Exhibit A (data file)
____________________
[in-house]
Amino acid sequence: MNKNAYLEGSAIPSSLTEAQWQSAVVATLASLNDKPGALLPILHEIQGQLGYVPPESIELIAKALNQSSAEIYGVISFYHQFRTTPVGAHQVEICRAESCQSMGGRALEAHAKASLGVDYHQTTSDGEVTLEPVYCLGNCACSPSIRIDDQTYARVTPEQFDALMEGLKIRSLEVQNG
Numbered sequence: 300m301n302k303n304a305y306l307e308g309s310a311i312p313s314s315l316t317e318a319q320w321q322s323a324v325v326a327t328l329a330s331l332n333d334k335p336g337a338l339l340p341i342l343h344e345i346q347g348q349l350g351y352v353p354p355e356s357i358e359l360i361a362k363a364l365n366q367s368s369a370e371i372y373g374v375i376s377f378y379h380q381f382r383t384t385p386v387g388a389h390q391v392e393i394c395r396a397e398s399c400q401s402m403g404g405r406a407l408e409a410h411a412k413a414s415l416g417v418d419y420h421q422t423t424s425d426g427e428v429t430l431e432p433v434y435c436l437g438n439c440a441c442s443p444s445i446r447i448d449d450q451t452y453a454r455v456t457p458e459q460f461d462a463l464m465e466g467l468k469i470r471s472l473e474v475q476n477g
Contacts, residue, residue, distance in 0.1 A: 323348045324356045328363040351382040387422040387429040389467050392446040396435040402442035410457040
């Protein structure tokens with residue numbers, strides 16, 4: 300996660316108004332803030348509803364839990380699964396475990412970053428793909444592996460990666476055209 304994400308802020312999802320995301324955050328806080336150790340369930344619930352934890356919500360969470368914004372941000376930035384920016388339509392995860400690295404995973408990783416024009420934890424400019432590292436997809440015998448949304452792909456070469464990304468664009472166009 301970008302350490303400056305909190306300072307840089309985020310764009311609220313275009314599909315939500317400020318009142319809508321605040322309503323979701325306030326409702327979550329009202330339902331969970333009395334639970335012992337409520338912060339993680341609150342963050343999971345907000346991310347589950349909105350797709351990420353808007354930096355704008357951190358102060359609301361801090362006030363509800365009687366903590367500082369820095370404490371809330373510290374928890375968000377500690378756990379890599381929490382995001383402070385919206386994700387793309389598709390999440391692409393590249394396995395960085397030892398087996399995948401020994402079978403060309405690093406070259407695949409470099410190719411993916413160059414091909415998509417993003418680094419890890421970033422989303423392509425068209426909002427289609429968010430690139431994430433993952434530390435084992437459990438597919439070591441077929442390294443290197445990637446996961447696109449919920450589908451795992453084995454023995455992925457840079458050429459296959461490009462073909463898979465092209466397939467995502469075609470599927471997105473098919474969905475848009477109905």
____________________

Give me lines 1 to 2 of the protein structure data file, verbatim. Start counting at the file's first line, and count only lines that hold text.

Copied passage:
[in-house]
Amino acid sequence: MNKNAYLEGSAIPSSLTEAQWQSAVVATLASLNDKPGALLPILHEIQGQLGYVPPESIELIAKALNQSSAEIYGVISFYHQFRTTPVGAHQVEICRAESCQSMGGRALEAHAKASLGVDYHQTTSDGEVTLEPVYCLGNCACSPSIRIDDQTYARVTPEQFDALMEGLKIRSLEVQNG